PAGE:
Written by Jeff Roberts
Over one sixth of the world’s population is without clean water – that’s around one billion people suffering from malnutrition at this very moment. Water.org states that 3.4 million people die each year from water, sanitation, and hygiene-related issues, and about 6000 children die every day for the same reason, hence this issue can be considered one of, if not the, greatest current global crises. Safe water interventions are thus the most urgent international dialogues as these technologies have the ability to transform the lives of millions, especially in developing countries.
Enter the LifeStraw, a powerful yet compact and simple water filtration system which may be the solution to world’s water emergency. Its body is tubular in shape, extending 25cm long and 29mm in diameter. How it works is simple: place one end of the tube into water and suck from the other end, that’s it. Positive test results have been achieved on tap, turbid and saline water against common waterborne bacteria such as Salmonella, Shigella, Enterococcus and Staphylococci.
This LifeStraw was designed with special emphasize on avoiding any moving parts, as a sealed unit with no replaceable spare parts, and avoiding the use of electricity, which does not exist in many areas in the 3rd world. Because force (power) is required to implement the filtering, Vestergaard Frandsen chose to use the natural source of sucking, that even babies are able to perform.
What first meets the water when sucked up is a pre-filter of PE filter textile with a mesh opening of 100 microns, shortly followed by a second textile filter in polyester with a mesh opening of 15 microns. In this way all big particles are filtered out, even clusters of bacteria are removed. The first iteration of LifeStraw used iodine to kill bacteria, but the 2012 version contains no chemicals. Instead, the product incorporates mechanical filtration. When you suck on your LifeStraw, water is forced through hollow fibers, which contain pores less than 0.2 microns across — thus, a micro-filtration device. Any dirt, bacteria or parasites are trapped in the fibers, while the clean water passes through. When you’re done drinking, you simply blow air out of the straw to clear the filter.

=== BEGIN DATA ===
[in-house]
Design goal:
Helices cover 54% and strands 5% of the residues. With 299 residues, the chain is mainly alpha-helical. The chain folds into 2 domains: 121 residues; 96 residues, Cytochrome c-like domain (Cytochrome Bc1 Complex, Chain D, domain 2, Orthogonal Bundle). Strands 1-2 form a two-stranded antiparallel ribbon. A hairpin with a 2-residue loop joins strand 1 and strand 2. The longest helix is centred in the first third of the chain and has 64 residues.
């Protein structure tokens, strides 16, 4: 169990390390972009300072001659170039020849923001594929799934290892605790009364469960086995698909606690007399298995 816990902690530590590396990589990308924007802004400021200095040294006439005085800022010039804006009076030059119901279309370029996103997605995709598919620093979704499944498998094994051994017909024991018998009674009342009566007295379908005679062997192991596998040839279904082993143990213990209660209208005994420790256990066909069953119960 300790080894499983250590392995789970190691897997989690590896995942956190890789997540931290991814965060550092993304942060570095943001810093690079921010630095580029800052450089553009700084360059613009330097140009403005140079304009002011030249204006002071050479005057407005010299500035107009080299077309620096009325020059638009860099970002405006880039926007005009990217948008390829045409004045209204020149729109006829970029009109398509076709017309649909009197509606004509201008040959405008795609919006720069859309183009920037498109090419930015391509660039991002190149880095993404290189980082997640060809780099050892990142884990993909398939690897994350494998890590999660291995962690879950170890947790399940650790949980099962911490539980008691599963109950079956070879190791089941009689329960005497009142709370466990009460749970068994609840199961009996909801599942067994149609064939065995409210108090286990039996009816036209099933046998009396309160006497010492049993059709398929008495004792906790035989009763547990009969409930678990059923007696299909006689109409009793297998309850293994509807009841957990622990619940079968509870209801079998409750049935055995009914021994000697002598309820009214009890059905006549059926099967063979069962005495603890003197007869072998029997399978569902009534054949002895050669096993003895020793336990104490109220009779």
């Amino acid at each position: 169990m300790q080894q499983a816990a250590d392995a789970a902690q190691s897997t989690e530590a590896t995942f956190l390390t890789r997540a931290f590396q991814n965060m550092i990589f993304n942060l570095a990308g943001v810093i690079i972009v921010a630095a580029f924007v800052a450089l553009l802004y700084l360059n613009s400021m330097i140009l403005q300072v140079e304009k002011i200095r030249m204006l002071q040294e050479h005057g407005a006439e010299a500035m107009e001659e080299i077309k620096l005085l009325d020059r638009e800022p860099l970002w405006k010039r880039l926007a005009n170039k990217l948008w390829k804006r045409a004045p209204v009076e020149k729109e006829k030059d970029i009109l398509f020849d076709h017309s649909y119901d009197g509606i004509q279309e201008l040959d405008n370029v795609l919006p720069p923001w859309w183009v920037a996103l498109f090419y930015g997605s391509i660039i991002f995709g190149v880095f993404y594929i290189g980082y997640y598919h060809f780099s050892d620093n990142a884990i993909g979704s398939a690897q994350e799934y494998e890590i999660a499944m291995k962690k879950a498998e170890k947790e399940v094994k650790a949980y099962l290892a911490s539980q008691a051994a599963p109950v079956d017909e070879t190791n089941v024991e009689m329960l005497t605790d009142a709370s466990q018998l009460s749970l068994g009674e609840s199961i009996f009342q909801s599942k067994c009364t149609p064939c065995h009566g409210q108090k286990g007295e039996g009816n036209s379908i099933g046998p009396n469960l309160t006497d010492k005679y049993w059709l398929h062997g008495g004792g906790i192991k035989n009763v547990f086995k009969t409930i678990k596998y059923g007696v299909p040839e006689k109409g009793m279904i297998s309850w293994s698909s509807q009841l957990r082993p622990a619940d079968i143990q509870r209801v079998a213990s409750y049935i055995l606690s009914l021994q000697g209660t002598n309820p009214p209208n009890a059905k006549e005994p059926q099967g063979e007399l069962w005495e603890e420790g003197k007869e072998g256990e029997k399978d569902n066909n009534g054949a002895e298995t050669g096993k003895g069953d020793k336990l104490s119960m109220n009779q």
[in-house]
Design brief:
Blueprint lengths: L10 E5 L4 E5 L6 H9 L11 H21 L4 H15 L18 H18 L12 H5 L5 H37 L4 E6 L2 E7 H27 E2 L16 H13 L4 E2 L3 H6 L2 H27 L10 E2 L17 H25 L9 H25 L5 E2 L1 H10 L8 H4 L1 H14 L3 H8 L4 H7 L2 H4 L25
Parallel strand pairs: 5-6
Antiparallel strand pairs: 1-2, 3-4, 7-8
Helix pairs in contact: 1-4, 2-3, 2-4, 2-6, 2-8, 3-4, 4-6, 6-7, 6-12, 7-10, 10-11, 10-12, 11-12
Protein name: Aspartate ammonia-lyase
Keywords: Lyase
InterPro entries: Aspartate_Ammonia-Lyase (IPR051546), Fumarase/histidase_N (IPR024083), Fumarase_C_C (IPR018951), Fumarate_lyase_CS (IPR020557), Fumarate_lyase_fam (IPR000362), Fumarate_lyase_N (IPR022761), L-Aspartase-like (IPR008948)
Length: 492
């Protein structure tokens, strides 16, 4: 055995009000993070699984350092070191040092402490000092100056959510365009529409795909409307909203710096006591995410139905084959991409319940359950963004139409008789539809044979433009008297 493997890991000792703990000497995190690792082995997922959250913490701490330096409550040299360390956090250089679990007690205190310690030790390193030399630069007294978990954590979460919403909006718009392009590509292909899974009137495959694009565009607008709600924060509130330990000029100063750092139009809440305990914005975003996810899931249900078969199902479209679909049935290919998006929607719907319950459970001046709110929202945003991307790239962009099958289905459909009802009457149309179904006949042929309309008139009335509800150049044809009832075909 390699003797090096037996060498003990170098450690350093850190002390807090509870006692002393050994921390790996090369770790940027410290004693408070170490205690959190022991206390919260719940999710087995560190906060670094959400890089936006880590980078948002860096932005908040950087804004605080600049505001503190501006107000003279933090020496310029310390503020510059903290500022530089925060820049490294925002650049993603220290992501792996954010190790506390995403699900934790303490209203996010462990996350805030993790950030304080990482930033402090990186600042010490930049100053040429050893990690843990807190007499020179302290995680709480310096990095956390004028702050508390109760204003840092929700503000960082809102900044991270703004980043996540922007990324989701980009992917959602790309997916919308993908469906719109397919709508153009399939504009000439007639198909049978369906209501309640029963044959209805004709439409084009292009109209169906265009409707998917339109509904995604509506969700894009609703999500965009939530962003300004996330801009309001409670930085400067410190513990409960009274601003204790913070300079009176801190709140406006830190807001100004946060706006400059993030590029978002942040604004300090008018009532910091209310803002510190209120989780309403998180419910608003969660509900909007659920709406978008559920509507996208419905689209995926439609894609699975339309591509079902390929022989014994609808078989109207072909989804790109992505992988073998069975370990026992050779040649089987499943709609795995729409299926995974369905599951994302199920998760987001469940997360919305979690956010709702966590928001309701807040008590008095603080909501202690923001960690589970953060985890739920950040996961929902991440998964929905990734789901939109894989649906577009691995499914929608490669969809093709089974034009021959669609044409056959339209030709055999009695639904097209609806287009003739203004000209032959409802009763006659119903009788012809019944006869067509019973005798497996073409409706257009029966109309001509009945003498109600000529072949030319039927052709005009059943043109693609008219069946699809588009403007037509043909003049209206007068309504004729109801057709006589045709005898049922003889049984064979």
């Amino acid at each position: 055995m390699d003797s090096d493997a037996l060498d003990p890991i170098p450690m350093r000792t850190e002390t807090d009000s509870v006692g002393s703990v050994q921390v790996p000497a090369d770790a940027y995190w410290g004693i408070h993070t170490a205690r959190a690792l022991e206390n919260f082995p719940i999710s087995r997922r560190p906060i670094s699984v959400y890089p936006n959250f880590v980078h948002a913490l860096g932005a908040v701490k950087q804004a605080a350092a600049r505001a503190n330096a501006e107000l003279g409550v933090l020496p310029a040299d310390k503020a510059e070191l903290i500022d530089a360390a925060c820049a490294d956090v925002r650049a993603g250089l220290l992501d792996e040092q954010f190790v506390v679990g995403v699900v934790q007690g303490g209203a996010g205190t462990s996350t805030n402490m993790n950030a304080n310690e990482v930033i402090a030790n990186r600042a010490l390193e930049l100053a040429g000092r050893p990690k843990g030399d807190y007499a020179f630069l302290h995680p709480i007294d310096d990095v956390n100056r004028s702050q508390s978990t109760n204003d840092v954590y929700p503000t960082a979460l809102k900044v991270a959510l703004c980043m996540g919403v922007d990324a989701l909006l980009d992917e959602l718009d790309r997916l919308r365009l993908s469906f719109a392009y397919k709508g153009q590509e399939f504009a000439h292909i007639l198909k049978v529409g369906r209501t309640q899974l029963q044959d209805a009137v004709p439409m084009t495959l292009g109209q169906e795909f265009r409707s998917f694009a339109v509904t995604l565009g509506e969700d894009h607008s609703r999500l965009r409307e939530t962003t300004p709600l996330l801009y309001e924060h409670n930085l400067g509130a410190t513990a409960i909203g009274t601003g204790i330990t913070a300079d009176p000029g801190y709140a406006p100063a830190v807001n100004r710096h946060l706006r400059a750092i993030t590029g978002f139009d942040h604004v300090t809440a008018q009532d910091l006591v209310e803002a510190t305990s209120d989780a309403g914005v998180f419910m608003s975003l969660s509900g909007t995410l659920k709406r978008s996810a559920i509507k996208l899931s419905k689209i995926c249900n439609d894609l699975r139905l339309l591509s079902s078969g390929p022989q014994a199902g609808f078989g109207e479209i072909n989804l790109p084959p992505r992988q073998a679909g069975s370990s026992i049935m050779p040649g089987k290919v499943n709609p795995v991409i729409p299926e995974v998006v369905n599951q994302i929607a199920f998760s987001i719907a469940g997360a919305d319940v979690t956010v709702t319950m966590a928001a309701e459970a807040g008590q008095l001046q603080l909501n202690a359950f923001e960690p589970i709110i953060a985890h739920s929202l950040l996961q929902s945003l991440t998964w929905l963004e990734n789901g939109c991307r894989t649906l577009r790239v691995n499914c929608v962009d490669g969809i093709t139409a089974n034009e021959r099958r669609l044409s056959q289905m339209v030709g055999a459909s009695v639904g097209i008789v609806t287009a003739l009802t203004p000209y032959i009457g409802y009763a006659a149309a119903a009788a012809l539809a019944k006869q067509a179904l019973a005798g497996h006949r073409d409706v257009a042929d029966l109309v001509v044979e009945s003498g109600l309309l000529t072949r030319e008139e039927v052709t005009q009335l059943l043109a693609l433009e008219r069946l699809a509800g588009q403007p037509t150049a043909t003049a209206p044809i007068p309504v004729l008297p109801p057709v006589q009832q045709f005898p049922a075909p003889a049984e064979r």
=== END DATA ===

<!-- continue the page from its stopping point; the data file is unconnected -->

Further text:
The LifeStraw website states that each straw has a life-time of 1000 liters, that’s over one year worth of water consumption for one person. With all this in mind, one would think this system rings in heavy on the wallet. However, Vestergaard Frandsen made the cost of this technology its main feature, placing the LifeStraw at a price of only $20 USD. His main goal was for it to be affordable and accessible to people in developing countries.
The original idea was created ten years ago by Torben Vestergaard Frandsen, but over the years in partnership with The Carter Center, Rob Fleuren from Holland and Moshe Frommer from Israel, the Lifestraw emerged from work designed to make water filters capable of safeguarding against Guinea Worm. LifeStraw can also keep away bacteria and diseases like diphtheria, cholera and diarrhoea.
This technology is winning awards for a reason. Through people’s donations the LifeStraw has the ability to make history. Please visit their website for more information and join the movement that’s saving lives all around the globe!
Originally posted @ Collective Evolution